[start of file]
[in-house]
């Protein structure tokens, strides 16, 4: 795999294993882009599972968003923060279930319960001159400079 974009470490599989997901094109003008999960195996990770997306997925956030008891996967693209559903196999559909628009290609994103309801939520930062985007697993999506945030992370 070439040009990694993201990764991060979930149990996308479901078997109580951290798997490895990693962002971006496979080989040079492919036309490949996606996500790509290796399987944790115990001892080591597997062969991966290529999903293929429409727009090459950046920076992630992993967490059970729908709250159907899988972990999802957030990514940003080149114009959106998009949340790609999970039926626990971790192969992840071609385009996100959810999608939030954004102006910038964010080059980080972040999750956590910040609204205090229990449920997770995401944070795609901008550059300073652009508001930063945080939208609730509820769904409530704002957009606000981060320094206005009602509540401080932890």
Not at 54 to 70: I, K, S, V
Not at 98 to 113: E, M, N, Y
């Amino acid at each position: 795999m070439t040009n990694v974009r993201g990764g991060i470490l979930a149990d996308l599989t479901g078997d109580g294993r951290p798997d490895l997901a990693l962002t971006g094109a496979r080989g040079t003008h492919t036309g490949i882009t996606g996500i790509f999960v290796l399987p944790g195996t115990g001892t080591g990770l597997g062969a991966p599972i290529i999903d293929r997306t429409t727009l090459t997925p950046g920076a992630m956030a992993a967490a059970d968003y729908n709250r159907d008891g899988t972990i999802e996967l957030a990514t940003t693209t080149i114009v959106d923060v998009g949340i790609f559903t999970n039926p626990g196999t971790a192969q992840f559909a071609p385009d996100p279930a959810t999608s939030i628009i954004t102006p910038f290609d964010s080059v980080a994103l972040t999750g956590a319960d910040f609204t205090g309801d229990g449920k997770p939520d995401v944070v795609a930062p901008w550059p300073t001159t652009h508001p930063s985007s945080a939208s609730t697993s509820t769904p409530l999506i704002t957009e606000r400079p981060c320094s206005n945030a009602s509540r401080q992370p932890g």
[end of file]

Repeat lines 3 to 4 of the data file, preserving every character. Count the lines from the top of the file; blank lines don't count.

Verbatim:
Not at 54 to 70: I, K, S, V
Not at 98 to 113: E, M, N, Y